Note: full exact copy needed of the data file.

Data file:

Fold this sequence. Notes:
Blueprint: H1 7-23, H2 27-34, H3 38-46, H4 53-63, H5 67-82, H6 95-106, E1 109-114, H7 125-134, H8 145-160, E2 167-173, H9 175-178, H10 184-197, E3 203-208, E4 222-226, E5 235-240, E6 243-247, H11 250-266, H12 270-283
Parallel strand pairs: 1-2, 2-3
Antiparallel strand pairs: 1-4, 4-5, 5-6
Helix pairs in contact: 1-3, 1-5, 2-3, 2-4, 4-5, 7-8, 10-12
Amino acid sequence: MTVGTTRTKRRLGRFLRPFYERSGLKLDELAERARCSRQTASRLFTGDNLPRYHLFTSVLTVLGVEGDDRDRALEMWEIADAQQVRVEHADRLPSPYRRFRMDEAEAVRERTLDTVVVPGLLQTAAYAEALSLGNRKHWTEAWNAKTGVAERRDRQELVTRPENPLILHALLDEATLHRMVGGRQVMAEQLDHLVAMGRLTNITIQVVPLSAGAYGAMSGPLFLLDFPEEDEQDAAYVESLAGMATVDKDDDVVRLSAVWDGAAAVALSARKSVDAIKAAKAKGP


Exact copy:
Fold this sequence. Notes:
Blueprint: H1 7-23, H2 27-34, H3 38-46, H4 53-63, H5 67-82, H6 95-106, E1 109-114, H7 125-134, H8 145-160, E2 167-173, H9 175-178, H10 184-197, E3 203-208, E4 222-226, E5 235-240, E6 243-247, H11 250-266, H12 270-283
Parallel strand pairs: 1-2, 2-3
Antiparallel strand pairs: 1-4, 4-5, 5-6
Helix pairs in contact: 1-3, 1-5, 2-3, 2-4, 4-5, 7-8, 10-12
Amino acid sequence: MTVGTTRTKRRLGRFLRPFYERSGLKLDELAERARCSRQTASRLFTGDNLPRYHLFTSVLTVLGVEGDDRDRALEMWEIADAQQVRVEHADRLPSPYRRFRMDEAEAVRERTLDTVVVPGLLQTAAYAEALSLGNRKHWTEAWNAKTGVAERRDRQELVTRPENPLILHALLDEATLHRMVGGRQVMAEQLDHLVAMGRLTNITIQVVPLSAGAYGAMSGPLFLLDFPEEDEQDAAYVESLAGMATVDKDDDVVRLSAVWDGAAAVALSARKSVDAIKAAKAKGP